In an initial experiment, we investigated the chemotactic response of the immortalized endometrial stromal cell line St-T1b to PDGF-BB, HB-EGF and trophoblast conditioned medium (TCM), harvested from the EVT cell line, AC-1M88 (Figure 1). TCM stimulated chemotaxis of St-T1b cells in a dose-dependent fashion, and PDGF-BB also elicited a marked migratory response, both in non-decidualized and decidualized cells. In contrast, HB-EGF only caused a significant response in decidualized St-T1b cells. Comparable results were seen with primary hESCs (Figure 1). Because we consistently observed a stronger migratory effect of HB-EGF on decidualized compared to undifferentiated endometrial stromal cells, we monitored expression of HB-EGF receptors (HER1, HER4) by Western blot analysis (Figure 2A). Both in hESCs and in St-T1b cells, HER1 expression was elevated upon decidualization. HER4 was not detectable (data not shown; function of the HER4 antibody was confirmed by detecting a strong positive signal in the human breast cancer cell line, T47D). As a marker of decidualization, we observed upregulation of the orphan nuclear receptor Nur77, which has also recently been identified as a modulator of mesenchymal stromal cell migration [36], [37]. As expected, α-SMA was downregulated in conjunction with decidualization [14], as was another cytoskeletal protein, MLC2, along with its phosphorylated form.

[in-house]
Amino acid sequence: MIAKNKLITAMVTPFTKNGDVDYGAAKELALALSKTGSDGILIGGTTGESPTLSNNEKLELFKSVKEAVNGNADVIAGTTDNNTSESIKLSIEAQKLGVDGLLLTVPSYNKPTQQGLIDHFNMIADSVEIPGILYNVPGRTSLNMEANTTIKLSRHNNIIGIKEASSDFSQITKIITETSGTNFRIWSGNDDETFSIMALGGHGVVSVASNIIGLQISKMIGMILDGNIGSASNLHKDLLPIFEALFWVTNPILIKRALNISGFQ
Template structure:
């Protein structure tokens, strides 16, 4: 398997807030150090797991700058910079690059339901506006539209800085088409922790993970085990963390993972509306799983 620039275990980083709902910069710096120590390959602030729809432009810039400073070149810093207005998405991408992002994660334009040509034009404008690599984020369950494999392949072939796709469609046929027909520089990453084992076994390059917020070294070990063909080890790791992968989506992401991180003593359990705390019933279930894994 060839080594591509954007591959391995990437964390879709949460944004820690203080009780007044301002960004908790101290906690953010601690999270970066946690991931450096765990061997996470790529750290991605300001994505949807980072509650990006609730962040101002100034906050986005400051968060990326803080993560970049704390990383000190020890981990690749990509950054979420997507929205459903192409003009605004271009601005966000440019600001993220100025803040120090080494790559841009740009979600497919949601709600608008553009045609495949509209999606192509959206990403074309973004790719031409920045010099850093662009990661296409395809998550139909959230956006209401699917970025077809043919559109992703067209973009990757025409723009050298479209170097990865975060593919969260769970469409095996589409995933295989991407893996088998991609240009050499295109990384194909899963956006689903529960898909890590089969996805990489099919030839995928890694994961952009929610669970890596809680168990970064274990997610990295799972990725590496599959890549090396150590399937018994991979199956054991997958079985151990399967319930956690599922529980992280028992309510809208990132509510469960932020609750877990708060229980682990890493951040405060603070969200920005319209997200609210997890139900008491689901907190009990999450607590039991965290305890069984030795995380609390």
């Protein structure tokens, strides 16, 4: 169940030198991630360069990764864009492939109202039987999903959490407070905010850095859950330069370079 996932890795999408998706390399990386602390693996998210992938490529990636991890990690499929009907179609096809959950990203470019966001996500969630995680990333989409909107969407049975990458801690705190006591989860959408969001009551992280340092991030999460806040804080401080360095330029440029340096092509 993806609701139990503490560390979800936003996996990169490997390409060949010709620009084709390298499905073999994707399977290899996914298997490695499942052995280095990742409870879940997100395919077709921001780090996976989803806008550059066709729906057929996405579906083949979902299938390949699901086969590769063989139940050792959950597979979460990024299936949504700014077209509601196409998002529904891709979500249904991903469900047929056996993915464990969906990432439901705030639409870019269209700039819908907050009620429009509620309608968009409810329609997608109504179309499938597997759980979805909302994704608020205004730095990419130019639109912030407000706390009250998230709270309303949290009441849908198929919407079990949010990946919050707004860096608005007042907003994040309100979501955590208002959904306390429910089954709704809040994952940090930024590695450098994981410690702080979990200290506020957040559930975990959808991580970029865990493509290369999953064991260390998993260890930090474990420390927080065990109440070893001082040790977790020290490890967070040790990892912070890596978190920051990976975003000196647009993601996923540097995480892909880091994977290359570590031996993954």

Figure 1. Chemotactic response of St-T1b cells or primary hESCs to PDGF-BB, HB-EGF and trophoblast conditioned medium.

St-T1b cells (upper panel) or hESC (lower panel), non-decidualized (ND) or decidualized (D) by 5 d treatment with 8-Br-cAMP/MPA, were subjected to transwell migration assay. The bottom reservoir contained MM1-10% (controls), PDGF-BB, HB-EGF or conditioned medium (TCM) from the trophoblast cell line AC-1M88 undiluted (100%) or diluted to 80% or 20%. The motility index designates the percentage of migrated cells relative to the total cell number (non-migrated plus migrated) at the end of the 18 h migration period. Shown are results representative of 3 similar experiments (means± SD, n = 3). Data were analyzed by ANOVA and Dunnett post-hoc test. *, P<0.05; **, P<0.01; *** P<0.001 compared to the respective control within the ND or D groups.

Figure 2. Expression and regulation of HER1 in St-T1b cells and hESCs.